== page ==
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Old 04-13-2015, 05:38 PM   #13
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Not ramps but Craig picked up some beautiful spring onions with nice firm plump bulbs so guess we'll be doing something with those in next couple of days. He also got some Dominican eggplant.
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Old 04-13-2015, 05:41 PM   #14
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Last year Rock posted about pickled ramps.

I did a Google search and saw several recipes.

It might be a good way to use an abundance of the little stinkers!
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Old 04-13-2015, 06:33 PM   #15
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Larry, that was a great story. It held my interest right until the very end.
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Old 04-14-2015, 02:15 AM   #16
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Nice job, Farmer Larry! It sounds like you got a couple good suggestions on how to use them. Janet's potato and onions sounds especially good to me. However you fix them, enjoy. Right now, thanks to trendy chefs featuring ordinary foods, those ramps are probably going for $7 a pound at a boutique grocer.

I've never eaten them, but could I tell a story about smelling them? On my drive to and from work as a newlywed, one route I could take was a parkway connecting two Cleveland Metroparks. Every spring, after the snows melted and the ground would begin to warm, I could smell what I thought was wild spring onions. My Mom had a small plot of them in the garden, so I knew the smell was probably coming from something that looked like a small cluster of chives. When Himself and I drove through the area, we stopped to look for those onions. Nothing but a meadow full of taller sprouts that resembled Lily of the Valley greenery. Imagine my surprise ages later when I heard about the trendy "new" spring vegetable and saw a picture of...Lily of the Valley? Nope, ramps.
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Old 04-14-2015, 04:58 AM   #17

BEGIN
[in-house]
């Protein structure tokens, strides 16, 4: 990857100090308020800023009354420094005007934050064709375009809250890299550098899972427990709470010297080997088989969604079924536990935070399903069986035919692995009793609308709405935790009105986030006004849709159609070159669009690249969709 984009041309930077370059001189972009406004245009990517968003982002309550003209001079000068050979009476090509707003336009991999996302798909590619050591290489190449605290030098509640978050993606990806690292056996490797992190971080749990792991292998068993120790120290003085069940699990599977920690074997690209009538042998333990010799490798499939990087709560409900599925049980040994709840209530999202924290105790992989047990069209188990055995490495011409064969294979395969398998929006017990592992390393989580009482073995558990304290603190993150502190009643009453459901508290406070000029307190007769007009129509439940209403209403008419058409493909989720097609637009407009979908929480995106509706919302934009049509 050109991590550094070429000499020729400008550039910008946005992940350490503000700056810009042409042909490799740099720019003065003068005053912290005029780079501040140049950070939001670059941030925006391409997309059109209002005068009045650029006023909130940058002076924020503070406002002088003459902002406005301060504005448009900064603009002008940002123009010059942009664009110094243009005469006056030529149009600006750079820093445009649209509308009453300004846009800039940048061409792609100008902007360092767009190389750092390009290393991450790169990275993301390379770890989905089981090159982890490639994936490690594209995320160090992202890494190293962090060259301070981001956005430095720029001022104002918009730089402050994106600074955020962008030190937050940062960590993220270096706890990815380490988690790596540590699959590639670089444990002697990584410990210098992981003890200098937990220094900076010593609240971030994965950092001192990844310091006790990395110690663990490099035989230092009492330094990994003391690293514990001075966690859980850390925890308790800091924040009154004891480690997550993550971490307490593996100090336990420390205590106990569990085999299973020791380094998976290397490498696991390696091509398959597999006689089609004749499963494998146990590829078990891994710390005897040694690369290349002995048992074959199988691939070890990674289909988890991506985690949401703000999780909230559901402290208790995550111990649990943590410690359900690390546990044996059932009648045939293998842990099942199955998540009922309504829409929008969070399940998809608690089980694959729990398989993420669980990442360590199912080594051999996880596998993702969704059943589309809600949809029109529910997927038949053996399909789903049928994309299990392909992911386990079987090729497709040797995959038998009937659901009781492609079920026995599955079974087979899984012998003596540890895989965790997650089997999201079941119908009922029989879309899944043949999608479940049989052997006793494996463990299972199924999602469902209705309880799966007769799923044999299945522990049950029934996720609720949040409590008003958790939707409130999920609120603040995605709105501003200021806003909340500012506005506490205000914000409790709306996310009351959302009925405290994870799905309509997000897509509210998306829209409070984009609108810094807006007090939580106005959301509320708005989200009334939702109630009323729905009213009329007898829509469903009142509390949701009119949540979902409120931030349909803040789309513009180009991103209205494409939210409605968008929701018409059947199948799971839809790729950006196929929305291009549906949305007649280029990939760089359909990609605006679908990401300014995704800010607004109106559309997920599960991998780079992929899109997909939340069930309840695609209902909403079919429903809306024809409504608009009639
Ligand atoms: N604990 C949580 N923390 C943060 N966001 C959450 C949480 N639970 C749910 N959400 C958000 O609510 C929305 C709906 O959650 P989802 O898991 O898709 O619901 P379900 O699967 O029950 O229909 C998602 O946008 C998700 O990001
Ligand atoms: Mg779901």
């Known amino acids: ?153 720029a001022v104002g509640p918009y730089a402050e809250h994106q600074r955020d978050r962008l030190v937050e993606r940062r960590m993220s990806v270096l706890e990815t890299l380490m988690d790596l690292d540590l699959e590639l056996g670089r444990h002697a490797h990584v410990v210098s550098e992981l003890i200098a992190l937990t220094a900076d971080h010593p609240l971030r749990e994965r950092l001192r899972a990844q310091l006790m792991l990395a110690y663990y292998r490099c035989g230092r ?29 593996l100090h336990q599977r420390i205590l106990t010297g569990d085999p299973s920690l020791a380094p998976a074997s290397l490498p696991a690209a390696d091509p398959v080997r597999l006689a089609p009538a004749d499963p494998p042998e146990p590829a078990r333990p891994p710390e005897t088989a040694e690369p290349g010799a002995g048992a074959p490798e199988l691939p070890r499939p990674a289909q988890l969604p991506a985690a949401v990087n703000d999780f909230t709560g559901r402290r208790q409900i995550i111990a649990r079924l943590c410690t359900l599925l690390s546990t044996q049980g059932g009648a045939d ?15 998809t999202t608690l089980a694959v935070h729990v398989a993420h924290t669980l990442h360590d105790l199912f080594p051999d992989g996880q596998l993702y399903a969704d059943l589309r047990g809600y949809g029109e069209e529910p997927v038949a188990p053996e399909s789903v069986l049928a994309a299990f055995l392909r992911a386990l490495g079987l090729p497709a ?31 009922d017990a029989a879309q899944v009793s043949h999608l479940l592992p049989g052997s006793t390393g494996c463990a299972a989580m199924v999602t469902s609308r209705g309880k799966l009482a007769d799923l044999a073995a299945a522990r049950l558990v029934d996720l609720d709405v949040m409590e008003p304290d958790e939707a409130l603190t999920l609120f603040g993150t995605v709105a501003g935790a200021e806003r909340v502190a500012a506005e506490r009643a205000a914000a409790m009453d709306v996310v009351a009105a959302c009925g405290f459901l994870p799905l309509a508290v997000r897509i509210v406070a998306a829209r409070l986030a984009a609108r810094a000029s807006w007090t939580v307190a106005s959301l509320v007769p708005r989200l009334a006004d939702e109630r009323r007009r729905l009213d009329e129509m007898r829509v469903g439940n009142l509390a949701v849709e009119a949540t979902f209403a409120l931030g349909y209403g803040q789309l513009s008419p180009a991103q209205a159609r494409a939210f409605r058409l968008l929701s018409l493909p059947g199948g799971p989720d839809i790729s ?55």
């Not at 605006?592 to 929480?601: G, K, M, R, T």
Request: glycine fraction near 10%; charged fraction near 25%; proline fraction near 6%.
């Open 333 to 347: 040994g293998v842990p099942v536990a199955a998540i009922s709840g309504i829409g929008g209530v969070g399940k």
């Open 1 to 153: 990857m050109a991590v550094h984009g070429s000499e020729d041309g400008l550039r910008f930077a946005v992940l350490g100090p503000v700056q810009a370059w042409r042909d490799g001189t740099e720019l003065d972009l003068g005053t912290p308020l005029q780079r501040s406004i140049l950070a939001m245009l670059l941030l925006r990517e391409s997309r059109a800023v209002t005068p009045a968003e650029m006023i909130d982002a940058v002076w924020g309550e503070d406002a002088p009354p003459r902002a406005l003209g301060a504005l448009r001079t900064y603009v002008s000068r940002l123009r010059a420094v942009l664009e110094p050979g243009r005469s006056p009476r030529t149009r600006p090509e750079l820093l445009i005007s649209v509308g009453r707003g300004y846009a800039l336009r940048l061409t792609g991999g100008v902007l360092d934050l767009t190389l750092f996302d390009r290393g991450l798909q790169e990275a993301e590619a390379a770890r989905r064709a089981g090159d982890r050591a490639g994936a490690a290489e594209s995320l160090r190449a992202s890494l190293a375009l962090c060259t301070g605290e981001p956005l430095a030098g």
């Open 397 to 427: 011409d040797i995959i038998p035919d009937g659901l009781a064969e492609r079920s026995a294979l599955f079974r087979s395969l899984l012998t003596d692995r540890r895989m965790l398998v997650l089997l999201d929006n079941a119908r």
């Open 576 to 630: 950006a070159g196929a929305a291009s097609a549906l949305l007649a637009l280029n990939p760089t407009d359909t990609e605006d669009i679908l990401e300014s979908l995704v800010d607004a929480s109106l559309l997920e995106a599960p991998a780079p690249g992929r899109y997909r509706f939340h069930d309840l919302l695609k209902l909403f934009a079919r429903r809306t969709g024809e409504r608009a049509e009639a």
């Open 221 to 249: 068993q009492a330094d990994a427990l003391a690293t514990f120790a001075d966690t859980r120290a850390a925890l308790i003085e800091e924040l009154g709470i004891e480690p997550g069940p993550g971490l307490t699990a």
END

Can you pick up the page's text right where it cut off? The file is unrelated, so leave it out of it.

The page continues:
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Originally Posted by larry_stewart View Post
I love fiddleheads too. Not that they have that unique of a taste, but definitely a conversation piece when cooking / eating them. I come across them every now and then in higher end grocery stores or farmers markets.
An easy way to clean the "paper" off fiddleheads is to rub them in a dish towel. The other thing, is that although you will see recipes to sauté them, they should be boiled (10-12 minutes) first and then sautéed (or steam them for about 20 minutes first). We have fiddleheads at the farm. I just like them sautéed, but I did see a recipe Thai recipe using fiddleheads that I'm thinking of trying this year (http://www.saveur.com/article/Recipe...ry-with-Shrimp). Re: ramps--waiting for them to come up. Ramps are also called wild leeks. I like to pickle the bulbs and make a roasted pesto out of the greens (roast the greens and then make them into pesto). I am hoping that the morel mushrooms come back...last year, it was May 25-26.
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Old 04-15-2015, 02:03 AM   #18
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Larry, I noticed a book when I was at the library today that might interest you. IF you can find it at the library, that is, unless you intend to do more canning. They had two interesting recipes using the bulb and the leaves from ramps. The first was "Pickled Ramp Bulbs" and the second was "Ramp Greens Kimchi".

If you're interested, the book is "preserving by the pint" and the author is Marisa McClellan.
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Old 04-15-2015, 03:48 AM   #19
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I had to google too and after a pictures of wheelchairs going into buildings , I found wild leeks.....
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Old 04-15-2015, 09:26 AM   #20
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Very interesting read Larry! For some reason I was thinking fiddleheads when you said ramps, both I've never tasted. So Mr.Google told me ramps are wild leeks, and these are the images I found. ;-)
ramps Pictures
I love fiddleheads. But their season is so short. You have to be right up there and mark your calendar when you get it in December of when you start to see them in the grocery store.